Taking care of edge quality for you

This article includes a lot of information which only just ahem scratches the surface on most of these topics. 

To sum up, although it takes time to dial in all the factors for a new material, but by the time you order, we’ve cut hundreds or even thousands of parts in that specific material and thickness, so you can be confident that the finished product will be fantastic. 

Could you order a Laser, CNC router or Waterjet system,  make these adjustments yourself, and get great results? Absolutely, but take a look at our article about the True Cost of Owning a Laser, before adding that thing to your cart. Here at SendCutSend we can do what we do starting at just $29, with per piece costs around $0.50 because of huge volumes and clever software–give it a try by uploading your next part today.

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We proudly use hardware by PEM

Flush Standoff, 4-40, .250" Zinc plus Clear Chromate

Aluminum: 5052, 6061, 7075 Steel: Mild, G30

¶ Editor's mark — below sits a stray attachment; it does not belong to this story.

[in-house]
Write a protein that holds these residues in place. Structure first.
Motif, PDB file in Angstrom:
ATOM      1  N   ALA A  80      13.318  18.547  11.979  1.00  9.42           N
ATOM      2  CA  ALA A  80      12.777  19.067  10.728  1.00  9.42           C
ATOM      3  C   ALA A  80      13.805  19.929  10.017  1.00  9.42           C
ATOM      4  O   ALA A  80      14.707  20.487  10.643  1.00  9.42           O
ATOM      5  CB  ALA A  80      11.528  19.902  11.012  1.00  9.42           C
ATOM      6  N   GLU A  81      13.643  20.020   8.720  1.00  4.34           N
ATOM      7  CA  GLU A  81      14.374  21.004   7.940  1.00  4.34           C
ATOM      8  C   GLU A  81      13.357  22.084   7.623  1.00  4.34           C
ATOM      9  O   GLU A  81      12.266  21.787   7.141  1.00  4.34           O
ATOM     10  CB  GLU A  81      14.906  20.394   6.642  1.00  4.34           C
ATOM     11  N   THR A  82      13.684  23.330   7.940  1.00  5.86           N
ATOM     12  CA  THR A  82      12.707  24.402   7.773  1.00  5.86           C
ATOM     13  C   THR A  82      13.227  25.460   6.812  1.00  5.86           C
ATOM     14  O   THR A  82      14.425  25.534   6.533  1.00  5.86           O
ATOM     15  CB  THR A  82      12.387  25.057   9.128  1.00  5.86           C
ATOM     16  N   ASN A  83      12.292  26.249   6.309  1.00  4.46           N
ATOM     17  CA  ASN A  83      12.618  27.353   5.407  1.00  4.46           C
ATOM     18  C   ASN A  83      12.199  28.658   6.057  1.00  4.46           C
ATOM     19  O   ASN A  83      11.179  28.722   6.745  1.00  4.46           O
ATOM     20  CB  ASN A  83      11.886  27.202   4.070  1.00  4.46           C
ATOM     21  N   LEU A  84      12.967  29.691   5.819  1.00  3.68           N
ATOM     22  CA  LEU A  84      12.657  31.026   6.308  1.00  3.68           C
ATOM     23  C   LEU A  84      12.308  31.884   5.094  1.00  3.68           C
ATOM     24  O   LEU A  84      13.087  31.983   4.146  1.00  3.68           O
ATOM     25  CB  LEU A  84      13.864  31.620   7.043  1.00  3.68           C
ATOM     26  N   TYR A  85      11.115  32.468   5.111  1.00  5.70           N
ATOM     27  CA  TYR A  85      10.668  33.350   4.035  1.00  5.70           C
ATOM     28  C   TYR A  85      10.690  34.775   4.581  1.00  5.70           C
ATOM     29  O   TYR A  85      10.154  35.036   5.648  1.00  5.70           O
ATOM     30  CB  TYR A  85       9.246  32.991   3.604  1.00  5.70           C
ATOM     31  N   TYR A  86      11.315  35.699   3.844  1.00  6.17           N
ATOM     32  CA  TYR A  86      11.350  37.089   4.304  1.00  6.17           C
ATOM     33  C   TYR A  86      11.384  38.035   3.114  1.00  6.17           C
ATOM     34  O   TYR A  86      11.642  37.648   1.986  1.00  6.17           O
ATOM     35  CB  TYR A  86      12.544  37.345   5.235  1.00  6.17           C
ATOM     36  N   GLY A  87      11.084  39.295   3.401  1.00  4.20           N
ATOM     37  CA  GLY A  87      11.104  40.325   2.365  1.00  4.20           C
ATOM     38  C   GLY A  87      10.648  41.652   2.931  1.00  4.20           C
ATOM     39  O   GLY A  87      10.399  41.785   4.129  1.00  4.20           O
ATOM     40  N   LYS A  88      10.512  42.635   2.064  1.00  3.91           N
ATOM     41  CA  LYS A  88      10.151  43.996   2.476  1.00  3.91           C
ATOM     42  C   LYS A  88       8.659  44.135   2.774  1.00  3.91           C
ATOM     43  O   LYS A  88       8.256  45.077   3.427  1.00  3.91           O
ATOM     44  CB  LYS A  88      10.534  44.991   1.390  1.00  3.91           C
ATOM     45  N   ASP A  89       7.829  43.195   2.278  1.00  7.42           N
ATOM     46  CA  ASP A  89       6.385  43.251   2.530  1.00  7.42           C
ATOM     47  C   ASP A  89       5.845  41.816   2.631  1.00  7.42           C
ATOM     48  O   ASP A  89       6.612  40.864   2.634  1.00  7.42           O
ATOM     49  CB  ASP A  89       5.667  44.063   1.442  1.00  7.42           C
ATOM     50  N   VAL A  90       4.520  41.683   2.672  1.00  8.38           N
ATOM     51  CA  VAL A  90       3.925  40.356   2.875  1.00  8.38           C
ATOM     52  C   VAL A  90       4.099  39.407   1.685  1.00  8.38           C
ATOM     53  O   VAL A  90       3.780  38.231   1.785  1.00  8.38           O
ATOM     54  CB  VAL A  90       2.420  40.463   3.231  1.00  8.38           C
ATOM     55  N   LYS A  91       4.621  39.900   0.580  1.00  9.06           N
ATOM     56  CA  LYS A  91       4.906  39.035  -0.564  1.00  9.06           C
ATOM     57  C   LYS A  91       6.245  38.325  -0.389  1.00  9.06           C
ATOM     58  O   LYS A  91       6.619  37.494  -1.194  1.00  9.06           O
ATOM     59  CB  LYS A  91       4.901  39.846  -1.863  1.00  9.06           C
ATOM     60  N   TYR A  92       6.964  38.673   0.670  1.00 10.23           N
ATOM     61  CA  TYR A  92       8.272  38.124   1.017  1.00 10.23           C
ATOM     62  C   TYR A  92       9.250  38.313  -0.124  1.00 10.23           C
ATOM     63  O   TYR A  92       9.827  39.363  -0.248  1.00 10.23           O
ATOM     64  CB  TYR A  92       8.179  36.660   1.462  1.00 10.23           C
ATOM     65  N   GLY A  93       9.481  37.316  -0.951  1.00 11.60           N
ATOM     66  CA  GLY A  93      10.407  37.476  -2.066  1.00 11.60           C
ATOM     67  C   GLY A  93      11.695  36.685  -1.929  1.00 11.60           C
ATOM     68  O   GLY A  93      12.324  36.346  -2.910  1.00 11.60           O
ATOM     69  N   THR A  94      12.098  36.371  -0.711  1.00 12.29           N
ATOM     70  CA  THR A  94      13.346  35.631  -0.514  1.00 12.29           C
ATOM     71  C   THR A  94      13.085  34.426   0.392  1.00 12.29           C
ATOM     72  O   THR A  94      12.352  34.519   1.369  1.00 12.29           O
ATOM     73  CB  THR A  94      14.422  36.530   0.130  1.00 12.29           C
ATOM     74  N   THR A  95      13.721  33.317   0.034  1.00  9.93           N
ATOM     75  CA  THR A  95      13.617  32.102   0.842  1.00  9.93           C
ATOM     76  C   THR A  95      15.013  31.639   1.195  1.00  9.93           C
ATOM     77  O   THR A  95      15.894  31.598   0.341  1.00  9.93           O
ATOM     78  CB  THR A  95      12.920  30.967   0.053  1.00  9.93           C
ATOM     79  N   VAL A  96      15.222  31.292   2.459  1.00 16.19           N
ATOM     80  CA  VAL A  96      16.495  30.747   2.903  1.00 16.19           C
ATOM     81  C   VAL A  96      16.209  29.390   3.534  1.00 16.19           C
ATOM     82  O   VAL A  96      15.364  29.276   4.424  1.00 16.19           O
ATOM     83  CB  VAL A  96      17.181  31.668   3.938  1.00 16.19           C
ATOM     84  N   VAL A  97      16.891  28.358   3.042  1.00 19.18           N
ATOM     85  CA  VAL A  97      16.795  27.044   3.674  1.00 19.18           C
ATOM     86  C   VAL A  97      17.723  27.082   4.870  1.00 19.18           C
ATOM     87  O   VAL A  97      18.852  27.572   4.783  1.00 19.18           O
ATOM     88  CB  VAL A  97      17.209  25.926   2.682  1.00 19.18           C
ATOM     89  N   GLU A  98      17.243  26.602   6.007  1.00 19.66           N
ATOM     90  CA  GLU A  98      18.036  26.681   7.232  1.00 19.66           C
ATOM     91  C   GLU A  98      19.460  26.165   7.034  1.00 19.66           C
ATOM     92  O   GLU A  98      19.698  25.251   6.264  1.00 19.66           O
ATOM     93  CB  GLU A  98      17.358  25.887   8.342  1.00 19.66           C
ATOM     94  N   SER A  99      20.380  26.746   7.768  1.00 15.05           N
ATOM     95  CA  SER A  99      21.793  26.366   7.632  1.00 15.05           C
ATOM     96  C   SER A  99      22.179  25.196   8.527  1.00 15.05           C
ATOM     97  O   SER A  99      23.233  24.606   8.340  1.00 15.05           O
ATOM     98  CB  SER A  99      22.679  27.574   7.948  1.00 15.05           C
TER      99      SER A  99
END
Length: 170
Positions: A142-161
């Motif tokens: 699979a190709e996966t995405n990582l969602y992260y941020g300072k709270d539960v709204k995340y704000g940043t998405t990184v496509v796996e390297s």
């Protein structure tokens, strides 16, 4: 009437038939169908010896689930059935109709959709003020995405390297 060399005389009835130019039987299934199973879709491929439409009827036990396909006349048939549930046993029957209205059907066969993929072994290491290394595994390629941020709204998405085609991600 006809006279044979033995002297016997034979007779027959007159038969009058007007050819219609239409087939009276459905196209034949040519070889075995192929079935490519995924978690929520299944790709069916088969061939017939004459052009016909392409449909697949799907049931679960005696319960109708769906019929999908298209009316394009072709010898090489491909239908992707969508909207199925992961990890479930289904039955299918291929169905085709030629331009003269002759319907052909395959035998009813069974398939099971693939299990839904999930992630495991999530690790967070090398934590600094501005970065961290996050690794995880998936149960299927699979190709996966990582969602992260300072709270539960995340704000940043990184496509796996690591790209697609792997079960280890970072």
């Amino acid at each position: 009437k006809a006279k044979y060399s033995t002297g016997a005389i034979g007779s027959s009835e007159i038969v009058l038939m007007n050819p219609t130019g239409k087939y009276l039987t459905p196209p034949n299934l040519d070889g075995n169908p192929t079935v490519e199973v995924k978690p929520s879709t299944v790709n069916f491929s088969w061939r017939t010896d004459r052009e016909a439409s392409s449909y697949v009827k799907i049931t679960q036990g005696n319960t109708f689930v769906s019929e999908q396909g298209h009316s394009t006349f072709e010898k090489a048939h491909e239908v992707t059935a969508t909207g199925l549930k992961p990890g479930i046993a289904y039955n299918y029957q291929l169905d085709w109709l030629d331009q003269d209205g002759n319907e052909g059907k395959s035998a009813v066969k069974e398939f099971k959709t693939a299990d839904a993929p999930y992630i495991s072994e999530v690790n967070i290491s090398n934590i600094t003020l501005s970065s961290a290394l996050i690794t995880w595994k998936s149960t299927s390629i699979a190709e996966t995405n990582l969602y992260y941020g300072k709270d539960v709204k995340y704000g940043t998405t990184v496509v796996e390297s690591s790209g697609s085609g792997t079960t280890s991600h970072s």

SKUSO-440-8
Thread Size4-40 x .250″
Hole size in sheet (+0.003/-.0.000).168″
Minimum sheet thickness0.040″
Maximum sheet thickness.125″
Fastener materialSteel
Minimum distance hole C/L to edge0.230″
When determining the distance between two or more fasteners, you can calculate the distance by the formula, C/L to edge + 1/2 the diameter of the second mounting hole..345″
Recommended panel materialSteel/Aluminum
Coating typeZinc
Length.250″
Aluminum material ranges (5052, 6061, 7075)0.040″-0.125″
Steel material ranges (CRS, HRPO, HR)0.048″-0.119″

We proudly use hardware by PEM

Flush Standoff, 4-40, .250" Passivated

Stainless Steel: 304, 316

SKUSO4-440-8
Thread Size440
Hole size in sheet (+0.003/-.0.000).166″
Minimum sheet thickness0.04″
Maximum sheet thickness.125″
Fastener material400 Stainless Steel
Minimum distance hole C/L to edge0.230″
When determining the distance between two or more fasteners, you can calculate the distance by the formula, C/L to edge + 1/2 the diameter of the second mounting hole. Example shown with x2 of the same hardware..313″
Recommended panel materialStainless Steel
Coating typePassivated
Length.250″
304 Stainless Steel material ranges0.048″-0.125″
316 Stainless Steel material ranges0.060″-0.125″